Move Northwestern up to #6 and Mississippi State to #7, and drop Texas A&M to #8 and Nebraska to #9. This makes a nice compromise, because Mississippi State and Texas A&M end up between Northwestern and Nebraska, in the middle of where they were originally ranked.

Texas and Rice

It's hard to take #17 Hardin-Simmons and #19 Lafayette seriously. Both were 9-0, but both were equivalent to lower-division teams today (and both are lower-division teams today). Now, I suppose I can largely give these teams the benefit of the doubt, but not when comparing them to 8-2 Texas and 7-3 Rice, both of whom were unranked.

Texas, as previously noted, defeated 9-1 Texas A&M in their regular season finale. They lost to #16 Southern Methodist and to Rice. Rice lost to unranked 5-5 Tulane, Texas A&M, and SMU. Tulane was, as usual for this time period, better than their straight record indicated-- better than anyone Hardin-Simmons or Lafayette played. Rice beat Centenary 25-0, and Hardin-Simmons beat them 15-13. More importantly, Rice got that upset win over Texas, which is far more than either Hardin-Simmons or Lafayette accomplished.

Bring Texas in at #17 and Rice at #18. Hardin-Simmons, Duke, and Lafayette drop 1 spot each. Duke took an upset loss to an unranked opponent, and they did not defeat a ranked team, so they had a worse relevant record than did Texas and Rice. The SWC, by the way, had the nation's best record against nonconference opponents this season, 22-5-1.

Alabama, Mississippi, and Duquesne

I think 7-2 Alabama and 9-2 Mississippi, both unranked, belong ahead of Hardin-Simmons and Lafayette as well, but that I can let go. Alabama had some weak performances, and the only decent team they beat was 5-5 Tulane, who will not make the fixed and expanded top 25. Mississippi took an upset loss to 3-7 Arkansas. We'll bring these teams in behind Lafayette. And behind Mississippi we'll bring in 7-1 Duquesne, who took their loss to Ole Miss.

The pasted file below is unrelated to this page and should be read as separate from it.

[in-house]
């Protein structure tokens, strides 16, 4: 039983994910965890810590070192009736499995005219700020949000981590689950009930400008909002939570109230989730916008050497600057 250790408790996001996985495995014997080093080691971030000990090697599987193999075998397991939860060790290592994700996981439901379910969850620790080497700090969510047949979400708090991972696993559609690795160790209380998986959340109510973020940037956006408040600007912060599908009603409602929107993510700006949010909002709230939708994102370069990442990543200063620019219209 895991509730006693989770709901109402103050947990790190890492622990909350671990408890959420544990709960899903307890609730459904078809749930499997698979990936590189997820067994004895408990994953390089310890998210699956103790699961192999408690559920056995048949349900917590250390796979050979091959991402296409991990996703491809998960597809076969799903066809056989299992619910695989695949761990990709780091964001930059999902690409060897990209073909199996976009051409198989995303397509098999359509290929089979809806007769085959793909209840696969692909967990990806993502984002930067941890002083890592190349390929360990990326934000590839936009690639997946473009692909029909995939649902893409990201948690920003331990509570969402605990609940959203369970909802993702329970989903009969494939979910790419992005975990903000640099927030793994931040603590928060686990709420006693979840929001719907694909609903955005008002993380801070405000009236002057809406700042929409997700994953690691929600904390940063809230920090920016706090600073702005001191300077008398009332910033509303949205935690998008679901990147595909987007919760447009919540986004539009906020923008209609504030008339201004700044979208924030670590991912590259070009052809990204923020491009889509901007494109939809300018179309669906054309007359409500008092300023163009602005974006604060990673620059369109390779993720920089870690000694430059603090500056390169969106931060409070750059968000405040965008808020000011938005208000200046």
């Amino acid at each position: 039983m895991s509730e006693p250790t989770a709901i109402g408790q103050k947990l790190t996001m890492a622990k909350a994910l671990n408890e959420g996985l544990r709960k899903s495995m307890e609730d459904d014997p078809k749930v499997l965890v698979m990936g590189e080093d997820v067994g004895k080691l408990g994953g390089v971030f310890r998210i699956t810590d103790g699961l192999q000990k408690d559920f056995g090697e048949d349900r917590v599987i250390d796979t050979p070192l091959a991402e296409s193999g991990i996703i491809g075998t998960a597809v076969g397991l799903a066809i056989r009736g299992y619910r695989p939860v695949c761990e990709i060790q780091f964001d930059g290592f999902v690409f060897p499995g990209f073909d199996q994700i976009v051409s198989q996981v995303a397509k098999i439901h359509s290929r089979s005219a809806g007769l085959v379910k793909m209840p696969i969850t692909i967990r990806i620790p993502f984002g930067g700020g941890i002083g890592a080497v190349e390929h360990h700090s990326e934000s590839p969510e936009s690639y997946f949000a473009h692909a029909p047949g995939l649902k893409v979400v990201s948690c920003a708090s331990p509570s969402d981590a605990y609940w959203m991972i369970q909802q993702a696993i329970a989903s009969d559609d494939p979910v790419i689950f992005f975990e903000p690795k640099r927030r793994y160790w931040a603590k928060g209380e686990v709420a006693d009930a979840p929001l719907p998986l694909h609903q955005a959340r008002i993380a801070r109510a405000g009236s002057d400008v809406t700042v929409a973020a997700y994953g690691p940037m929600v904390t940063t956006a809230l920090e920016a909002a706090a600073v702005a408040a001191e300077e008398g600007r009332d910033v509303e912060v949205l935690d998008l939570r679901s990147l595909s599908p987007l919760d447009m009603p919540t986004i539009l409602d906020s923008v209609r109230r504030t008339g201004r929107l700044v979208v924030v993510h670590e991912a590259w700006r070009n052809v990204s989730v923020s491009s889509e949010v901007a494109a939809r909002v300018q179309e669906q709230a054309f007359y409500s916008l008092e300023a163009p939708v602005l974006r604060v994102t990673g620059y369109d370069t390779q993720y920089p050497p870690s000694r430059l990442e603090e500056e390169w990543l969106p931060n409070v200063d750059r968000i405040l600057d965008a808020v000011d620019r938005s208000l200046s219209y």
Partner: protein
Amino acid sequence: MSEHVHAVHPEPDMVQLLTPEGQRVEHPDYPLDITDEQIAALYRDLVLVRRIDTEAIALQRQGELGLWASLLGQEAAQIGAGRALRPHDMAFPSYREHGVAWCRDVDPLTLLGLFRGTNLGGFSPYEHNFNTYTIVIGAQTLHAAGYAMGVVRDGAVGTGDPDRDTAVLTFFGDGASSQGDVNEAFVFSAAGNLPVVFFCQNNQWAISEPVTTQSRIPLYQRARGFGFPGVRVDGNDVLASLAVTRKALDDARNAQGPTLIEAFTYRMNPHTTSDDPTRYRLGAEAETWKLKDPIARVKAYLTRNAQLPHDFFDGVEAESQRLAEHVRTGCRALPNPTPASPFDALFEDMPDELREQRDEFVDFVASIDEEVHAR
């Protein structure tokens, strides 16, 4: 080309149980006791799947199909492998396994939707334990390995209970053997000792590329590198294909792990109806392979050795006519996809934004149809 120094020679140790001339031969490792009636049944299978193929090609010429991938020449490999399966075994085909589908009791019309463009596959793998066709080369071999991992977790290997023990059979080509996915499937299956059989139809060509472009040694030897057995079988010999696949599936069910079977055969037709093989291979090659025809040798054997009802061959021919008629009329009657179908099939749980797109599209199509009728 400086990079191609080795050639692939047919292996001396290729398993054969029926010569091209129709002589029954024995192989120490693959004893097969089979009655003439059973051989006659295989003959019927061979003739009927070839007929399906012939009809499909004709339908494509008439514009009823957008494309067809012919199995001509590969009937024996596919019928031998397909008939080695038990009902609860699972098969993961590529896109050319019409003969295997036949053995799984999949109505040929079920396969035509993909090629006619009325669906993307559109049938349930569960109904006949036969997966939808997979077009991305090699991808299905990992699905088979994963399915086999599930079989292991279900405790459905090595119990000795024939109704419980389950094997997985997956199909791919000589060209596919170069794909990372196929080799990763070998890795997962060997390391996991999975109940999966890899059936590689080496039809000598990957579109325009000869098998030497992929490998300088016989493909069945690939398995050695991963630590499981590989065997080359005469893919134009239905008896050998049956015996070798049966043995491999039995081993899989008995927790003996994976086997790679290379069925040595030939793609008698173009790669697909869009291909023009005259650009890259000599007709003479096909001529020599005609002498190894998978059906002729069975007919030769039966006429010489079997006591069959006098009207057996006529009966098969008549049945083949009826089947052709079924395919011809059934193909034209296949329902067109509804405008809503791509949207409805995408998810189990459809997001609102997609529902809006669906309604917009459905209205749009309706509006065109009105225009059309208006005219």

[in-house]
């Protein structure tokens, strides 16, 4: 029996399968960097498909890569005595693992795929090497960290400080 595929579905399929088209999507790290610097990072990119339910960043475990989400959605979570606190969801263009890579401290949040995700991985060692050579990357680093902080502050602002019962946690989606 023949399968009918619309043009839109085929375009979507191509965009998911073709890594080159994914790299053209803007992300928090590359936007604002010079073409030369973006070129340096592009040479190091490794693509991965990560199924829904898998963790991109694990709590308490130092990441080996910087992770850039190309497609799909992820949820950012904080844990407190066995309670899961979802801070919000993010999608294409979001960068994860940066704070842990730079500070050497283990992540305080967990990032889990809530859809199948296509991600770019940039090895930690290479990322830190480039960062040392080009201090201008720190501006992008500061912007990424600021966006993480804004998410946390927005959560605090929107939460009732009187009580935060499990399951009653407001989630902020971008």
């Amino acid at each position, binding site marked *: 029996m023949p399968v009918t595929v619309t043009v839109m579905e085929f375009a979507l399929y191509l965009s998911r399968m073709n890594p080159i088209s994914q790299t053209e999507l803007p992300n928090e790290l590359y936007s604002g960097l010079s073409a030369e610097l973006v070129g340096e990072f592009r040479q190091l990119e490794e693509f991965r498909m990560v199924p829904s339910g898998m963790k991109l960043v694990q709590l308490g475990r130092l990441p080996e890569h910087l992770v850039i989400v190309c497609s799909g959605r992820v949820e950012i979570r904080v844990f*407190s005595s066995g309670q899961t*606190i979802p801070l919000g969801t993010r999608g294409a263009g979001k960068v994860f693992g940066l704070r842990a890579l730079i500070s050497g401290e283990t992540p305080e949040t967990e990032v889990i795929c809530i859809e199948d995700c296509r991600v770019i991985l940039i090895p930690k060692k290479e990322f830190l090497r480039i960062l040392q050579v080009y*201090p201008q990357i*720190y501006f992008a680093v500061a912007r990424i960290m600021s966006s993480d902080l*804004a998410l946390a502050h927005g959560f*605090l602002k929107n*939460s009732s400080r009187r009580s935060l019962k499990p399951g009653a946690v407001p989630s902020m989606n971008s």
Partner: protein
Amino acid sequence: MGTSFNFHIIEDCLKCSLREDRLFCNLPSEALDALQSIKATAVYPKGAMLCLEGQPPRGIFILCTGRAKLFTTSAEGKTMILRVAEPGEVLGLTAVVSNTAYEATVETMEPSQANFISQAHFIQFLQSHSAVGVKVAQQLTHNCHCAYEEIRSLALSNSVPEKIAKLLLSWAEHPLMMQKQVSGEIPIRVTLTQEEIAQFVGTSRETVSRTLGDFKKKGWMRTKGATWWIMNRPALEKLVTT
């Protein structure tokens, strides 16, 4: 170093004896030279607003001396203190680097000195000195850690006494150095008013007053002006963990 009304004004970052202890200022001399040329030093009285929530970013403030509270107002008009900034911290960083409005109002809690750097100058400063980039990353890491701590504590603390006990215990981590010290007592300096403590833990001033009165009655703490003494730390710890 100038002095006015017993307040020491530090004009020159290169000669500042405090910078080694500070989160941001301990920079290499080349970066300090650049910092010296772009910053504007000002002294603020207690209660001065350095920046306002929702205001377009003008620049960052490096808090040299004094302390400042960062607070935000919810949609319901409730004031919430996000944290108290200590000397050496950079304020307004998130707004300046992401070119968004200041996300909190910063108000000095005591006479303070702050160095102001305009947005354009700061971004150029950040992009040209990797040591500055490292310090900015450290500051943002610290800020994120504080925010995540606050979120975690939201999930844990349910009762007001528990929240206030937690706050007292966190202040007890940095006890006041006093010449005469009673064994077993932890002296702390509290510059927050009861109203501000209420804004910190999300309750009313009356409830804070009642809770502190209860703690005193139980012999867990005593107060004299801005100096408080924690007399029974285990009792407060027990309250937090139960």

Bring Alabama in at #22, Mississippi at #23, and Duquesne at #24. One more slot left to fill.


We have several candidates for #25: 6-3 Oklahoma, 5-3 St. Mary's, 6-4 Louisiana State, and 4-4 Ohio State. Normally, I select the one with the best straight record, since that's the way the AP poll voters tend to rate teams. However, while these teams had the same relevant record, they were not all equal.

Ohio State had just one close win, and they lost to now-#6 Northwestern by 3 points and to #1 Minnesota by 7 points, so they performed well. And all of their wins came over major teams. St. Mary's, however, defeated just 1 major team. Oklahoma had 3 close wins, and only came close in 1 of their losses. LSU had 1 close win, like Ohio State, but they were blown out in all 4 of their losses.

So Ohio State gets the last slot.

Fixed AP Top 25

No team falls out of this fixed and expanded AP top 25. The 6 new teams that enter the fixed poll combined for 1 win over an AP-rated team, and they took 2 losses to unrated teams (discounting games against each other).

1) Minnesota 8-0 --
2) Stanford 10-0 --
3) Michigan 7-1 --
4) Boston College 11-0 +1
5) Tennessee 10-1 -1
6) Northwestern 6-2 +2
7) Mississippi State 10-0-1 +2
8) Texas A&M 9-1 -2
9) Nebraska 8-2 -2
10) Washington 7-2 --
11) Santa Clara 6-1-1 --
12) Fordham 7-2 --
13) Georgetown 8-2 --
14) Pennsylvania 6-1-1 --
15) Cornell 6-2 --
16) Southern Methodist 8-1-1 --
17) Texas 8-2 IN
18) Rice 7-3 IN
19) Hardin-Simmons 9-0 -2
20) Duke 7-2 -2
21) Lafayette 9-0 -2
22) Alabama 7-2 IN
23) Mississippi 9-2 IN
24) Duquesne 7-1 IN
25) Ohio State 4-4 IN

Fixed AP Polls
1940 National Championship